Sharon Won't Resign After Failure of Disengagement Referendum

By Julie Stahl | July 7, 2008 | 8:15 PM EDT

Jerusalem ( - Israeli Prime Minister Ariel Sharon said overnight that he would not resign despite the failure of his own Likud party to back his disengagement plan. He pledged to press ahead in finding a path to peace.

Opinion polls during the last week had indicated that Sharon's own party was not likely to back his plan, which calls for the uprooting of some 8,000 Israelis from their homes in the Gaza Strip in a unilateral move.

Only about 41 percent of the Likud members turned out to vote on Sunday, delivering a stunning blow to the prime minister's disengagement plan. More than 59 percent of them voted against the plan, while only 39 percent voted in favor of it.

Opposition Labor Party leader Shimon Peres proposed that Sharon dissolve the government and go for early elections.

Justice Minister Yosef Lapid, leader of the Shinui party, which is currently part of Sharon's coalition government and a supporter of Sharon's disengagement plan, said that it was not possible for the small number of Likud voters to rule the country.

According to general opinion polls, Sharon has widespread support throughout the country for his disengagement plan. Analysts have suggested that he may take the disengagement to a countrywide general referendum.

Minister Uzi Landau, who led the campaign inside the Likud against the prime minister's plan, called on Sharon to respect the referendum results.

Sharon said he received the results with "great sadness" but respected them. He also rejected the suggestion that he would resign as a result of the referendum.

"The days ahead will not be easy. We will have to make difficult decisions," Sharon said in statement after the results of referendum were released.

"In the next few days, I will consult with the ministers, the Likud faction and the factions of the coalition, and will thoroughly examine the implications and steps we intend to take," he said.

Sharon did not say what he might do, but analysts said he may reveal more of his plan when he opens the Knesset's summer session on Monday afternoon. He did say he would continue to lead the country.

"One thing is clear to me: the people of Israel did not elect me to sit idly by for four years. I was elected to find the path that will lead this people to the tranquility, security and peace they so deserve. I intend to continue leading the State of Israel to the best of my understanding, conscience and public duty," he said.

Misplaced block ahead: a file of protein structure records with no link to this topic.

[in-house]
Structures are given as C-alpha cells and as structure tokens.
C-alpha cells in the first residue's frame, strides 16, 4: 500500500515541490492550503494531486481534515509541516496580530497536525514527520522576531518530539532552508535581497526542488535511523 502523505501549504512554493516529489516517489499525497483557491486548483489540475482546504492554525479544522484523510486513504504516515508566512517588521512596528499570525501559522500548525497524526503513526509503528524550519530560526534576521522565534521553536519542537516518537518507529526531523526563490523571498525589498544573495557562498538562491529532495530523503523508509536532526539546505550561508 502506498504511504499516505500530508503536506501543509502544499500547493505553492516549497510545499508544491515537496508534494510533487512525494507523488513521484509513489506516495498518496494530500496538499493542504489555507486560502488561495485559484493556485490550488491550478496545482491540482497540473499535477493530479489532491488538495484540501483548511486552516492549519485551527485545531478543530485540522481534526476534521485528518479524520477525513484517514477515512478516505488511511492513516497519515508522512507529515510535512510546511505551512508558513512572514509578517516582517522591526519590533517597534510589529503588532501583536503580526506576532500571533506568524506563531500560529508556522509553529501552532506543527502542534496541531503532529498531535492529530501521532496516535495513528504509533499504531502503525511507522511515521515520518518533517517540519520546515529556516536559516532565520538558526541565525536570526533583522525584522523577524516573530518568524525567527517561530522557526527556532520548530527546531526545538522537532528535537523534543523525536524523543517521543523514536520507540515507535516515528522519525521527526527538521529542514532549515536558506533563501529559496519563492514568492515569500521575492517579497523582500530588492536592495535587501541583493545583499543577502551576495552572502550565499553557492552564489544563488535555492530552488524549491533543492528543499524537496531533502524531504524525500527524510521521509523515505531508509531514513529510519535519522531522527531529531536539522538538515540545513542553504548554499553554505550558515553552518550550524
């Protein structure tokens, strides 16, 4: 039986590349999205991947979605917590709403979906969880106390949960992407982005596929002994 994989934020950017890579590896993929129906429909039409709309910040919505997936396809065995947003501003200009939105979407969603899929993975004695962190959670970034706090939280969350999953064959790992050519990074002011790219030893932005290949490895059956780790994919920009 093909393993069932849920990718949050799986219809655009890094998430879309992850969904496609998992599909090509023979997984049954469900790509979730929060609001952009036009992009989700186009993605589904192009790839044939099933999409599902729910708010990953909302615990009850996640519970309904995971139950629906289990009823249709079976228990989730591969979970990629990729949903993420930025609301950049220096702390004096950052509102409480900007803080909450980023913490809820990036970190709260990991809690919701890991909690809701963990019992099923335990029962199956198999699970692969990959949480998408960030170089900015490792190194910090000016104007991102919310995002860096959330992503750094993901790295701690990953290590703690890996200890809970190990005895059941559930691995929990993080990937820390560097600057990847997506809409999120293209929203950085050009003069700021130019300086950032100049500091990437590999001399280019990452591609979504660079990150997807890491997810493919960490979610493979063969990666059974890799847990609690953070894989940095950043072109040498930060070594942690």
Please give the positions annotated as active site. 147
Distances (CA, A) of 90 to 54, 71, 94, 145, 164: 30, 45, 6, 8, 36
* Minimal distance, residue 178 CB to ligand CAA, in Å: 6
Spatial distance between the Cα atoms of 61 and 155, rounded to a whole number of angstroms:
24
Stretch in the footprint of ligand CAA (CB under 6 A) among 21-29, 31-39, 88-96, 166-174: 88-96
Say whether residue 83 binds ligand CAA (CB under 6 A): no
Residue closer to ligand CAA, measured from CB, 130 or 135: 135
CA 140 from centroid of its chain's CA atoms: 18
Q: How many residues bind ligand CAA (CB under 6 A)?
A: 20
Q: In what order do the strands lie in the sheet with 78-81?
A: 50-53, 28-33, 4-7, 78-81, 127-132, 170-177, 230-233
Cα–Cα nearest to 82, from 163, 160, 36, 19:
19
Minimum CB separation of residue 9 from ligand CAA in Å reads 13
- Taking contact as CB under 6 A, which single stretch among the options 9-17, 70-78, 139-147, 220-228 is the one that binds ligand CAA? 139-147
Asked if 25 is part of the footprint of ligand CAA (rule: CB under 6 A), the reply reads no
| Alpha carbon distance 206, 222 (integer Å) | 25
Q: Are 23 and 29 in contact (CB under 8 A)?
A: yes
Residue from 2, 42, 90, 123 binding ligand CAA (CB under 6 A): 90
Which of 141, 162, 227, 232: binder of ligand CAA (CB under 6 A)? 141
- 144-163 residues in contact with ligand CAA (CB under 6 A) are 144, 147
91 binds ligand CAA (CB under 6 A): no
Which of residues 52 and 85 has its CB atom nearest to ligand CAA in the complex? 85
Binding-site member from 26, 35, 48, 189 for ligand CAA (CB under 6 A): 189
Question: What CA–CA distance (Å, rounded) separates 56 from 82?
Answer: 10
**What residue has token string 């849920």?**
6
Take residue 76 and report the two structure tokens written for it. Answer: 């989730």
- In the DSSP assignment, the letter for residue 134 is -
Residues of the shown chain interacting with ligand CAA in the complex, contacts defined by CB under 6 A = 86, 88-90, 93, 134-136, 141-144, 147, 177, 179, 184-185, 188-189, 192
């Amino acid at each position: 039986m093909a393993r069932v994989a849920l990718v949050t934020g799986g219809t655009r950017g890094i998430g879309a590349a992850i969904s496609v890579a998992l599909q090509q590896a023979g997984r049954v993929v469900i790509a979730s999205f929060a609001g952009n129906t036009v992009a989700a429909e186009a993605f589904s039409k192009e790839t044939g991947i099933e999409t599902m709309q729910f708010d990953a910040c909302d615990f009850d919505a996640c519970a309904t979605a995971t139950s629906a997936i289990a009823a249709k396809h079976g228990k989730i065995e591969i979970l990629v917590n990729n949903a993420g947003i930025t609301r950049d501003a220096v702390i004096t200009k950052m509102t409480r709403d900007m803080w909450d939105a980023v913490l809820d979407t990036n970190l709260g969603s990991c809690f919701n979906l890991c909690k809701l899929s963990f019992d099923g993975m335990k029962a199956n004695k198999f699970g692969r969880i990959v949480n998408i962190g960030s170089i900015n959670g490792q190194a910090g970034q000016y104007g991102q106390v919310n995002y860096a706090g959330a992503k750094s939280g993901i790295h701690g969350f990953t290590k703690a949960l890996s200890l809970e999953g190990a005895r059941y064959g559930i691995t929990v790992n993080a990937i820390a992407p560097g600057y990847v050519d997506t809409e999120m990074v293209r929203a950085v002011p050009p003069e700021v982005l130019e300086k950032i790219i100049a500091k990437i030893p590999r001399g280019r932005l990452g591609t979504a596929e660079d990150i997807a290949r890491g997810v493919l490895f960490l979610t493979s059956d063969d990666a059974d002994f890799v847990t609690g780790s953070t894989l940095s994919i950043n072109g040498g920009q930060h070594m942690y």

Sharon also thanked President Bush for his support for the plan. Sharon took his plan to Washington two-and-a-half weeks ago and received strong backing for it from the president, which angered Palestinians and much of the Arab world.

The White House issued a statement following the results, saying the U.S. view had not changed.

"Our own view has not changed: The President welcomed Prime Minister Sharon's plan to withdraw settlements from Gaza and a part of the West Bank as a courageous and important step toward peace," said White House Press Secretary Scott McClellan.

He said that Washington would be consulting with Sharon and the Israeli government "about how to move forward."

Palestinian Authority Prime Minister Ahmed Qureia called on Sharon on Monday to scrap the disengagement plan and return to negotiations, Israel Radio reported.

Voting was marred on Sunday by a terrorist shooting attack along the Kissufim road, the main approach road to the Gush Katif area in the Gaza Strip.

Two gunmen opened fire on passing vehicles, causing one car to swerve off the road. The terrorists then shot the occupants at close range and the riddled the car with bullets killing Tali Hatuel, 34, who was eight months pregnant, and her four daughters Hila, 11, Hadar, 9, Roni, 7, and Merav, 2.

Tali had been on her way to join her husband in Ashkelon, where they were going to campaign against the disengagement plan. Three other Israelis were also wounded in the attack, before soldiers killed the two terrorists.

Since the beginning of the Palestinian uprising in September 2000, 10 civilians and five soldiers have been killed along the Kissufim road.

In a limited response to the terror attack, Israeli troops demolished several buildings in the area and the Air Force targeted a Hamas broadcasting station in Gaza city.

According to the army, the station broadcast interviews with "incited to terror" as well as broadcasting reports on the movements of Israeli forces and warning terrorists of Israeli military operations.

In the West Bank, four Palestinian militants were killed in when Israeli helicopters fired missile into their vehicle. The four wanted men, part of Palestinian Authority

Chairman Yasser Arafat's Tanzim Fatah faction was accused of being responsible for numerous terrorist attacks, security sources said.